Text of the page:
14.12.2020

Russian seafarer with Covid-19 was refused to provide a room for self-isolation in Finland

Despite the fact that the coronavirus pandemic was declared by the WHO in March and recently the UN called on states to recognize seafarers as key workers, crewmembers still face problem and not least in the field of medicine. The recent case with a Russian seafarer demonstrated that health authorities can respond inadequately to cases of Covid-19 infection on board, putting the health of other crewmembers at risk. The Chief Engineer worked on a small ship that called the Finnish port of Hamina. He developed symptoms of the disease, after which he was taken to the hospital. The results of tests for coronavirus were positive, but the seafarer was told that since the disease is mild, he should return on board, despite the risk that he could infect his colleagues.  In addition, when the company responsible for the seafarer asked a local agent for help him find somewhere else to self-isolate they were told that no local hotel would take someone who had tested positive. The seafarer returned to the ship, following which another member of the crew tested positive for the virus. When the seafarer's condition worsened and he was forced to return to hospital, the hospital authorities reportedly considered transferring him 2,000km to Russia by road. The hospital also refused to take the second crewmember as he did not have any symptoms, despite the risk that his condition might worsen if he were forced to remain on the ship during its upcoming voyage. Fortunately, the situation has now been resolved, but this was not due to any action by the authorities. The rest of the crew have now tested negative, including the second seafarer who did not show symptoms, and a new Chief engineer is on board. The company has disinfected the accommodation and the vessel will sail shortly. The Chief engineer is still in hospital and is doing slightly better, ITF inspector Tommy Molloy said. There could be more problems if he needs to be isolated once discharged. It is unbelievable that even when the company reached out to local authorities, embassies and other third parties for help they did not seem to contribute to a solution at all.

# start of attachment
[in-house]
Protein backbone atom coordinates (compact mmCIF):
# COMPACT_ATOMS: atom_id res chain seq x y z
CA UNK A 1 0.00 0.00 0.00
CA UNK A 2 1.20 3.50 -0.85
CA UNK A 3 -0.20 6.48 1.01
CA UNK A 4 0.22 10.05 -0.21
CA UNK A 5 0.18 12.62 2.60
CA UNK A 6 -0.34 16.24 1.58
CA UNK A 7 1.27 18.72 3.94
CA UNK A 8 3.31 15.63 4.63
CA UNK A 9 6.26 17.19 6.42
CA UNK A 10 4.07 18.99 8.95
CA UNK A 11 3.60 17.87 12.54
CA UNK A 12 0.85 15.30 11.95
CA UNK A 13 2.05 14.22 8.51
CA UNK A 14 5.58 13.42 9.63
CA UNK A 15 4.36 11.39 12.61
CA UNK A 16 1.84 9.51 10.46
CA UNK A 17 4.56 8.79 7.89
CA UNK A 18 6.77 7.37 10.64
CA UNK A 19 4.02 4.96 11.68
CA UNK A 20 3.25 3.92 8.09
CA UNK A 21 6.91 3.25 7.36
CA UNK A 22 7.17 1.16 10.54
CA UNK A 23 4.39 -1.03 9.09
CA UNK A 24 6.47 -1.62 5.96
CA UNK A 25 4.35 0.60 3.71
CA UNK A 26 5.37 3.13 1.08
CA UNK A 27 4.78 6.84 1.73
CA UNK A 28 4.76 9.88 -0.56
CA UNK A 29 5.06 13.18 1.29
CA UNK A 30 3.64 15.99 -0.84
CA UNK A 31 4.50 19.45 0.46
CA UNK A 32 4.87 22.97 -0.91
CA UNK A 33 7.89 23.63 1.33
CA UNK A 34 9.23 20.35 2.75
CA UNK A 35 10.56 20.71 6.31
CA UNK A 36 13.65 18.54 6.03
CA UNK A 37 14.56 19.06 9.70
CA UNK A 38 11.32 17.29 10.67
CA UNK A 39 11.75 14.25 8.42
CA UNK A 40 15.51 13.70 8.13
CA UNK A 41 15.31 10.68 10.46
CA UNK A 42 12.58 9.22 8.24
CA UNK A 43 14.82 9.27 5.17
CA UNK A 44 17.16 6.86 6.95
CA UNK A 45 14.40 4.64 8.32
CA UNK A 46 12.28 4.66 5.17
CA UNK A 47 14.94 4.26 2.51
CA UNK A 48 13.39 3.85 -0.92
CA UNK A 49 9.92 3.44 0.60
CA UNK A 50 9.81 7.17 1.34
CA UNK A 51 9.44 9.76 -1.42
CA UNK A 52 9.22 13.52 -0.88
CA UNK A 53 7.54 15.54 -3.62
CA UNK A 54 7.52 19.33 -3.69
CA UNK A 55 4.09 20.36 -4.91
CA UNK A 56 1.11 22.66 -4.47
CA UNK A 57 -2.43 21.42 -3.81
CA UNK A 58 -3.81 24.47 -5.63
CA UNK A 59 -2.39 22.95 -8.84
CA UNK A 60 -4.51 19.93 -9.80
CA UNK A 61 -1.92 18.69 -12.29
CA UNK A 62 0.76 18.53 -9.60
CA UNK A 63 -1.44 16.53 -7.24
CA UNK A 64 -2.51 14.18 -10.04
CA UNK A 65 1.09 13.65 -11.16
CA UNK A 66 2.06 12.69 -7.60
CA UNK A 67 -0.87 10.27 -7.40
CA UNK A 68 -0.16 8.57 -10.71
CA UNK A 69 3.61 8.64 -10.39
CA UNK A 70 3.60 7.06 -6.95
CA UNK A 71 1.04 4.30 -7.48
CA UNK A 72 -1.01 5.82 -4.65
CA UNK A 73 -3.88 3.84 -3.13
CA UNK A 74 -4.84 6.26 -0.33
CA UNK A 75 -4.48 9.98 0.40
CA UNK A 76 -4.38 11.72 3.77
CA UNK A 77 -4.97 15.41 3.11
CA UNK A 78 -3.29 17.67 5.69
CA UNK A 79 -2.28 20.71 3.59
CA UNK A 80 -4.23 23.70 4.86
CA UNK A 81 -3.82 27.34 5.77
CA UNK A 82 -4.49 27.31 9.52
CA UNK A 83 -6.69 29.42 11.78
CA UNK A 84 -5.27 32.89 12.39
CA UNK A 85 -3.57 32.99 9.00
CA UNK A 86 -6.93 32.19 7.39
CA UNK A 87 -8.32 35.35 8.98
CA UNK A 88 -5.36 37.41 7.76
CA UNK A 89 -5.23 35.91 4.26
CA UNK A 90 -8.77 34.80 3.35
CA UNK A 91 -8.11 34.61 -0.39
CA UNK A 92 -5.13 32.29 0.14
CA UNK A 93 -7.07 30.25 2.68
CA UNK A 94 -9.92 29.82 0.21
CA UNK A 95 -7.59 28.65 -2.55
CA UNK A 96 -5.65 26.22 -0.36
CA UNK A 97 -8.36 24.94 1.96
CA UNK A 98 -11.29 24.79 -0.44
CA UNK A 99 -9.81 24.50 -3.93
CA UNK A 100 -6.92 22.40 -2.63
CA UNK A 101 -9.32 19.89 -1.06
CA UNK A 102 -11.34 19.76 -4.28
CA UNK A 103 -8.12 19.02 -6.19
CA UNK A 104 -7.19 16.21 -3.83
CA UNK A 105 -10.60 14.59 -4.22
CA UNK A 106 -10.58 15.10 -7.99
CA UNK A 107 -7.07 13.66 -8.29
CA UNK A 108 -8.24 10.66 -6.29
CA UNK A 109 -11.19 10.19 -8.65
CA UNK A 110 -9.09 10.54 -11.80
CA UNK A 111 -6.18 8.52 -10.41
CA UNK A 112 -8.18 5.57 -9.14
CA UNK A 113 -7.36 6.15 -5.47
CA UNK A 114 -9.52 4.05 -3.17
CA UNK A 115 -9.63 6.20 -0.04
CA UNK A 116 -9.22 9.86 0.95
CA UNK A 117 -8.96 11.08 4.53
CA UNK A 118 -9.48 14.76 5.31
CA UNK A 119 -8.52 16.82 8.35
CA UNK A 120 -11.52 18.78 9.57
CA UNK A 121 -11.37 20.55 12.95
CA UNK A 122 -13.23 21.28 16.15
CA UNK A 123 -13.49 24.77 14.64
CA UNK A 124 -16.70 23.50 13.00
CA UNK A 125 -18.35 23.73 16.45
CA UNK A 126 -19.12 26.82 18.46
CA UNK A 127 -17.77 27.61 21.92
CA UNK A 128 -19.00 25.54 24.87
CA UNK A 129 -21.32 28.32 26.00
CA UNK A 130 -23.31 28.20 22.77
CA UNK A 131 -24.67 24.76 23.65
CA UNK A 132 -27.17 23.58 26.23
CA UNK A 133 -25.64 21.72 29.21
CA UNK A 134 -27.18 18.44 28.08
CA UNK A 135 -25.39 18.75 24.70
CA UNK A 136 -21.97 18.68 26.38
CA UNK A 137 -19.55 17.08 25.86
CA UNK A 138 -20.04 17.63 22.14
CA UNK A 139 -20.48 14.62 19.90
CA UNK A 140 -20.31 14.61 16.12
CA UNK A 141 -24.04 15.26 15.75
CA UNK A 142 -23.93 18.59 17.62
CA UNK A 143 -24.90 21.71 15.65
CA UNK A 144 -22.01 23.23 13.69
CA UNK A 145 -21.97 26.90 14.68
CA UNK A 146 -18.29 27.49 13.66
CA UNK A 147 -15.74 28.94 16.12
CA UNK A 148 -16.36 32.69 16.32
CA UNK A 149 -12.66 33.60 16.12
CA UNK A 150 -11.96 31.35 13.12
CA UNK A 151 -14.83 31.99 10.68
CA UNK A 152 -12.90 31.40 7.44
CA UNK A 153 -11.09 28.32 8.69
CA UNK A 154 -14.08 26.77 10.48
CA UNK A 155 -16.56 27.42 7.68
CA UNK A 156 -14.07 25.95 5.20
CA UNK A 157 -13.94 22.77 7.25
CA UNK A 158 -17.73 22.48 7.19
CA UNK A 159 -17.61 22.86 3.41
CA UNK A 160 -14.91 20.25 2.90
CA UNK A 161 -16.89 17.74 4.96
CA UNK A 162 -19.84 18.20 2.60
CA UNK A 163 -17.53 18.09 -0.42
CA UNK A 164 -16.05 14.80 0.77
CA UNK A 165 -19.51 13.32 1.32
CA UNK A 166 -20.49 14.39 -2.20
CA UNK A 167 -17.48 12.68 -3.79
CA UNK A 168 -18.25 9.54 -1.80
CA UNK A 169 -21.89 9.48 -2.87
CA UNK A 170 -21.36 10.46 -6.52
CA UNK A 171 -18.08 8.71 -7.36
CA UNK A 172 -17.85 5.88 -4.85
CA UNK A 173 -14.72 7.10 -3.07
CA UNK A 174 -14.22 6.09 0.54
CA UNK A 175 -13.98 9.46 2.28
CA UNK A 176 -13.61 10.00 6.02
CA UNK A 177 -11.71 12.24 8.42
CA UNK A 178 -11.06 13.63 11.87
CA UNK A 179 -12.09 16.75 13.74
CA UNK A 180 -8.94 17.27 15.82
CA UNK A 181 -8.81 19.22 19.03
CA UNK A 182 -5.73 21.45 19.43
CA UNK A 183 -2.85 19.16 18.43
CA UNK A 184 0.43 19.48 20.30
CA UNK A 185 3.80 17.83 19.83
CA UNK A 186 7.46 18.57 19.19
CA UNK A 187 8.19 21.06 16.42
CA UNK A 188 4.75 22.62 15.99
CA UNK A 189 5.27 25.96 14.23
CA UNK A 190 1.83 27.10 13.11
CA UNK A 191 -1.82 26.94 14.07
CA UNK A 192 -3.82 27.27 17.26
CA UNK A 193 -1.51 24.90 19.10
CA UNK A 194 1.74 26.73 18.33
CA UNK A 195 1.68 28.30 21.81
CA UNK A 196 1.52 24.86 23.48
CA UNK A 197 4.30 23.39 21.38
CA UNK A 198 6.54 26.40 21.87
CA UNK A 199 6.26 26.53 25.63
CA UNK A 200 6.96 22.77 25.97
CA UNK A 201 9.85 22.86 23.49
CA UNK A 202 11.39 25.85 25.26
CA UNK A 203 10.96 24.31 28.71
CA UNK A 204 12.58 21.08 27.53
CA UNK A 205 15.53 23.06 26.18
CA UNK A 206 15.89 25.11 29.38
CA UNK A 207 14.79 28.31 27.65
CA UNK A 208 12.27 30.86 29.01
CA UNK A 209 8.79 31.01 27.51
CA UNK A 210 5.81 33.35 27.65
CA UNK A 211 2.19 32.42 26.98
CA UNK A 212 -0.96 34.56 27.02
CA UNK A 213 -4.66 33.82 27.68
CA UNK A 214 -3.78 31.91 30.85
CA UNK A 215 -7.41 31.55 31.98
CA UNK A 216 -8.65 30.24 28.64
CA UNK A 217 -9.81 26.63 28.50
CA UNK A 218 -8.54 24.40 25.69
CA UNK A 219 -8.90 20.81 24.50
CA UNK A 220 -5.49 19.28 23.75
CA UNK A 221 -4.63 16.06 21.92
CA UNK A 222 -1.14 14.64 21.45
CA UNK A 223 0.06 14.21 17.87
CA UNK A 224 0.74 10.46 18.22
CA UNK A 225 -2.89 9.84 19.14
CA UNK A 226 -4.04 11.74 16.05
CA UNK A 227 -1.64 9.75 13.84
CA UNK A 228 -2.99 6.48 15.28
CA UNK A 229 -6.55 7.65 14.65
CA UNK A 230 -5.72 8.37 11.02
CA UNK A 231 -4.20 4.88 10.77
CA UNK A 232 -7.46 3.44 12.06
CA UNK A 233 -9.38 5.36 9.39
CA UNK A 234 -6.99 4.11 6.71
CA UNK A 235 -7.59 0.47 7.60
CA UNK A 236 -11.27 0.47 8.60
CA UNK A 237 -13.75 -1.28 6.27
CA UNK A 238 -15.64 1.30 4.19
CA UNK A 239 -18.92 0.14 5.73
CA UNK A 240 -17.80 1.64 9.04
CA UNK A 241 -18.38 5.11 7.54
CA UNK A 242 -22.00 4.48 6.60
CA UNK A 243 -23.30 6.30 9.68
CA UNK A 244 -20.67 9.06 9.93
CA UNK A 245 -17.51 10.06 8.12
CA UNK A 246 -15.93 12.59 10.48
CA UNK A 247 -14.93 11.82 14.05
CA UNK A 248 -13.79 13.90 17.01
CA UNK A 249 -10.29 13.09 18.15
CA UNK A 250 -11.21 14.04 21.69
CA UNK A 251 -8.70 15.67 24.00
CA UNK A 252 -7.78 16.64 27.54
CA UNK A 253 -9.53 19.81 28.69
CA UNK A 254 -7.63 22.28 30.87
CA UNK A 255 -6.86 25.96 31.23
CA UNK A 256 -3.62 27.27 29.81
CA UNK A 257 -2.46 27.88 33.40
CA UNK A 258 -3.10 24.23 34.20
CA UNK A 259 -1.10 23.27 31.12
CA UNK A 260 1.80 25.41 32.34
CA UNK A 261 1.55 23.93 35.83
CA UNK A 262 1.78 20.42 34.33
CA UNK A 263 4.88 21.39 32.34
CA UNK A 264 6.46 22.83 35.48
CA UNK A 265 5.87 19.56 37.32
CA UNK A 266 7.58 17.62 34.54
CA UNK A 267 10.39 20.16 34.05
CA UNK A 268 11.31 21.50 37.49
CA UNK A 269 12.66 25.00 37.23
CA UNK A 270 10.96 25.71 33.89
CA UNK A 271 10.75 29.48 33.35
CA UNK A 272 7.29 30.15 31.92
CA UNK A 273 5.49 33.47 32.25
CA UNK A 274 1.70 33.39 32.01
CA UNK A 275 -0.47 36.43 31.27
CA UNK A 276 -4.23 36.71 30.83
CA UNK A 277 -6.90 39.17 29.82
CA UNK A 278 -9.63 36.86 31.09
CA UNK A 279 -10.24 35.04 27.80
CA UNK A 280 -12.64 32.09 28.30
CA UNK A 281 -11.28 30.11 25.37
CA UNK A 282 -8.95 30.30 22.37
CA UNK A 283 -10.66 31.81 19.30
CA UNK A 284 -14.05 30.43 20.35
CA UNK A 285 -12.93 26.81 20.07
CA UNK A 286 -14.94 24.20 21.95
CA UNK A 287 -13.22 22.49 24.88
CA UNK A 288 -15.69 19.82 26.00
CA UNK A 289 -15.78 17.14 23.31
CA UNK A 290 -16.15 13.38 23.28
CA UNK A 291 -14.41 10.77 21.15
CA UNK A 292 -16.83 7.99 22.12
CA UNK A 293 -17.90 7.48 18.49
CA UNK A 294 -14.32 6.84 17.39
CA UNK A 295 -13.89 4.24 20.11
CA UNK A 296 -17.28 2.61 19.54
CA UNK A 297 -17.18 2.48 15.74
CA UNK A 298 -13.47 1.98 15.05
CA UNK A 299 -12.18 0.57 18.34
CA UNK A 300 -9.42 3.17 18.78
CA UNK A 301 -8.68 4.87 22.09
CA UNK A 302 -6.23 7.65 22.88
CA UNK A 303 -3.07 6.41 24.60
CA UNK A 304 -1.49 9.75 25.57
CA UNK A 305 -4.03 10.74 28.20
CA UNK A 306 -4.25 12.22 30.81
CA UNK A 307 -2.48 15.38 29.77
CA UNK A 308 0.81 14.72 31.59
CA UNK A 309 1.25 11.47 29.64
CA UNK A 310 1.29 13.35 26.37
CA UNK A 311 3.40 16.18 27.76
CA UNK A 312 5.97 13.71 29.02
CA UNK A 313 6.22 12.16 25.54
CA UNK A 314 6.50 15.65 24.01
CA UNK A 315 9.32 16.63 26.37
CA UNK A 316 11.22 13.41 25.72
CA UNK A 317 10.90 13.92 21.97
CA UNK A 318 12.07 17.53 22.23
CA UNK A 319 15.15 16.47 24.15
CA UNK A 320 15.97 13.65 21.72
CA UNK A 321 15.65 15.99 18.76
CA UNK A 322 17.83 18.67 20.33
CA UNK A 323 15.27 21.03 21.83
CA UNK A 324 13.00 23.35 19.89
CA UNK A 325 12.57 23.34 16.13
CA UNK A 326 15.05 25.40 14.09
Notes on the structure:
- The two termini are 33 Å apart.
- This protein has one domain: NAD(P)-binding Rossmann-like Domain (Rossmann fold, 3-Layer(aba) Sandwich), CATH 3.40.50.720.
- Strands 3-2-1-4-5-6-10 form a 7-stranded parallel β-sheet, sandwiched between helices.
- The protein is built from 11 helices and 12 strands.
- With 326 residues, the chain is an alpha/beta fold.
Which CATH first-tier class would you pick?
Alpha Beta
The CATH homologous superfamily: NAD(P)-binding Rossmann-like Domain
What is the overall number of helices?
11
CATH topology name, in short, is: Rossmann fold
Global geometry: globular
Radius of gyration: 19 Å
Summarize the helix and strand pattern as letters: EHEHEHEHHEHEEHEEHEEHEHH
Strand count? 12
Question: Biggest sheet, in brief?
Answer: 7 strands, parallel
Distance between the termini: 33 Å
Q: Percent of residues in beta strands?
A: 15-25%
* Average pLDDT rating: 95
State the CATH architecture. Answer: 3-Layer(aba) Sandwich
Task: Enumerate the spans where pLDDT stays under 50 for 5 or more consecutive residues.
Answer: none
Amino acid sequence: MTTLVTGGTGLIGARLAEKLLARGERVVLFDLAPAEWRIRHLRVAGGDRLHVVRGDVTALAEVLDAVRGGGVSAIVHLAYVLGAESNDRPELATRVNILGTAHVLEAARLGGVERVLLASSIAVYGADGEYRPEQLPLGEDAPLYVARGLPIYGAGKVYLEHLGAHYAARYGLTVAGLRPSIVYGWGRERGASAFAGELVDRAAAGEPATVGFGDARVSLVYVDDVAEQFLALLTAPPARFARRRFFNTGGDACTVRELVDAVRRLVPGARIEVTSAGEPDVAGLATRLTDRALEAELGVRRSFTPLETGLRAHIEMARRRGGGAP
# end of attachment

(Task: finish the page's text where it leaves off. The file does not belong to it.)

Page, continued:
The Seafarers Union of Russia notes that all crewmembers have the right to qualified medical care, which is also enshrined in the requirements of the MLC. At the same time, throughout the pandemic seafarers have problems with this. In particular, in the summer a member of the crew of the m/v Chem Bulldog applied to the union with the following claim: despite a toothache he could not visit a coastal medical facility for treatment because it was strictly prohibited in the Chinese port. To provide assistance of this kind on board is almost impossible. As a result, the seafarer was repatriated as by that time the period of his stay on board was already more than eleven months, but never received full medical care. This case also demonstrates a real lack of respect for the rights of seafarers. It turns out that with a disease that the world is so afraid of that for many months the borders of most countries are closed and people are urged to practically not leave their homes, it is nevertheless possible to return a crewmember to board where it is extremely difficult to ensure full isolation. This is not to mention the fact that the condition of a seafarer can deteriorate suddenly at sea, where no one can immediately come to his aid. Unfortunately, this is exactly what the life of seafarers looks like today though they have already been repeatedly called to be recognized as key employers.

The source: Nautilus International

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